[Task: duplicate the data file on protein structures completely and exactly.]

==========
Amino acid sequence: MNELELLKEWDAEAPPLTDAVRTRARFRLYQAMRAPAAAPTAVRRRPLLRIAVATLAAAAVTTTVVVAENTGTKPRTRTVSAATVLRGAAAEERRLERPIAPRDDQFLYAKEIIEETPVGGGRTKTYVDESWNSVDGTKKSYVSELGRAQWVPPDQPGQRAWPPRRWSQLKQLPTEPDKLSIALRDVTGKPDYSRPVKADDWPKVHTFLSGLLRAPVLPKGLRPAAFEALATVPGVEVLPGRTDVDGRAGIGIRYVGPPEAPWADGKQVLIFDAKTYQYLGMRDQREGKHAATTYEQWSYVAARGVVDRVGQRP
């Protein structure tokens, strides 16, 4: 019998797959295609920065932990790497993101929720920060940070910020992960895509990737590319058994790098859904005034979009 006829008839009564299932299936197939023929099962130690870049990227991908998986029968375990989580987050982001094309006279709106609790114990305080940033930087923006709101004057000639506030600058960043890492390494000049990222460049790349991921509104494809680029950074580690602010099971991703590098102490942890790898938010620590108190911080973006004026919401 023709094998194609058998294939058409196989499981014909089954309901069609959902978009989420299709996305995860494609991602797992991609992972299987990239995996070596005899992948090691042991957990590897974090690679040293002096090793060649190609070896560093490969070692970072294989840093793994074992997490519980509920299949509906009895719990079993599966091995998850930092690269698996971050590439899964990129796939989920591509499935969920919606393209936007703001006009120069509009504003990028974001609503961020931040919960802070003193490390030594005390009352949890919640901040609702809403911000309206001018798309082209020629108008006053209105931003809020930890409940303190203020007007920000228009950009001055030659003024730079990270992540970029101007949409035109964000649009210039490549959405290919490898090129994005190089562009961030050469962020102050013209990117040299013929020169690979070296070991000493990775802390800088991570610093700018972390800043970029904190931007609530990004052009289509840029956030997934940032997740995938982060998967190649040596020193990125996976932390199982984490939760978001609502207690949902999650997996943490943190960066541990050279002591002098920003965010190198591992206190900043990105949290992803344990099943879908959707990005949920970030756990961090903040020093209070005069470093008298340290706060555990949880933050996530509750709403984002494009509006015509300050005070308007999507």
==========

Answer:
Amino acid sequence: MNELELLKEWDAEAPPLTDAVRTRARFRLYQAMRAPAAAPTAVRRRPLLRIAVATLAAAAVTTTVVVAENTGTKPRTRTVSAATVLRGAAAEERRLERPIAPRDDQFLYAKEIIEETPVGGGRTKTYVDESWNSVDGTKKSYVSELGRAQWVPPDQPGQRAWPPRRWSQLKQLPTEPDKLSIALRDVTGKPDYSRPVKADDWPKVHTFLSGLLRAPVLPKGLRPAAFEALATVPGVEVLPGRTDVDGRAGIGIRYVGPPEAPWADGKQVLIFDAKTYQYLGMRDQREGKHAATTYEQWSYVAARGVVDRVGQRP
């Protein structure tokens, strides 16, 4: 019998797959295609920065932990790497993101929720920060940070910020992960895509990737590319058994790098859904005034979009 006829008839009564299932299936197939023929099962130690870049990227991908998986029968375990989580987050982001094309006279709106609790114990305080940033930087923006709101004057000639506030600058960043890492390494000049990222460049790349991921509104494809680029950074580690602010099971991703590098102490942890790898938010620590108190911080973006004026919401 023709094998194609058998294939058409196989499981014909089954309901069609959902978009989420299709996305995860494609991602797992991609992972299987990239995996070596005899992948090691042991957990590897974090690679040293002096090793060649190609070896560093490969070692970072294989840093793994074992997490519980509920299949509906009895719990079993599966091995998850930092690269698996971050590439899964990129796939989920591509499935969920919606393209936007703001006009120069509009504003990028974001609503961020931040919960802070003193490390030594005390009352949890919640901040609702809403911000309206001018798309082209020629108008006053209105931003809020930890409940303190203020007007920000228009950009001055030659003024730079990270992540970029101007949409035109964000649009210039490549959405290919490898090129994005190089562009961030050469962020102050013209990117040299013929020169690979070296070991000493990775802390800088991570610093700018972390800043970029904190931007609530990004052009289509840029956030997934940032997740995938982060998967190649040596020193990125996976932390199982984490939760978001609502207690949902999650997996943490943190960066541990050279002591002098920003965010190198591992206190900043990105949290992803344990099943879908959707990005949920970030756990961090903040020093209070005069470093008298340290706060555990949880933050996530509750709403984002494009509006015509300050005070308007999507």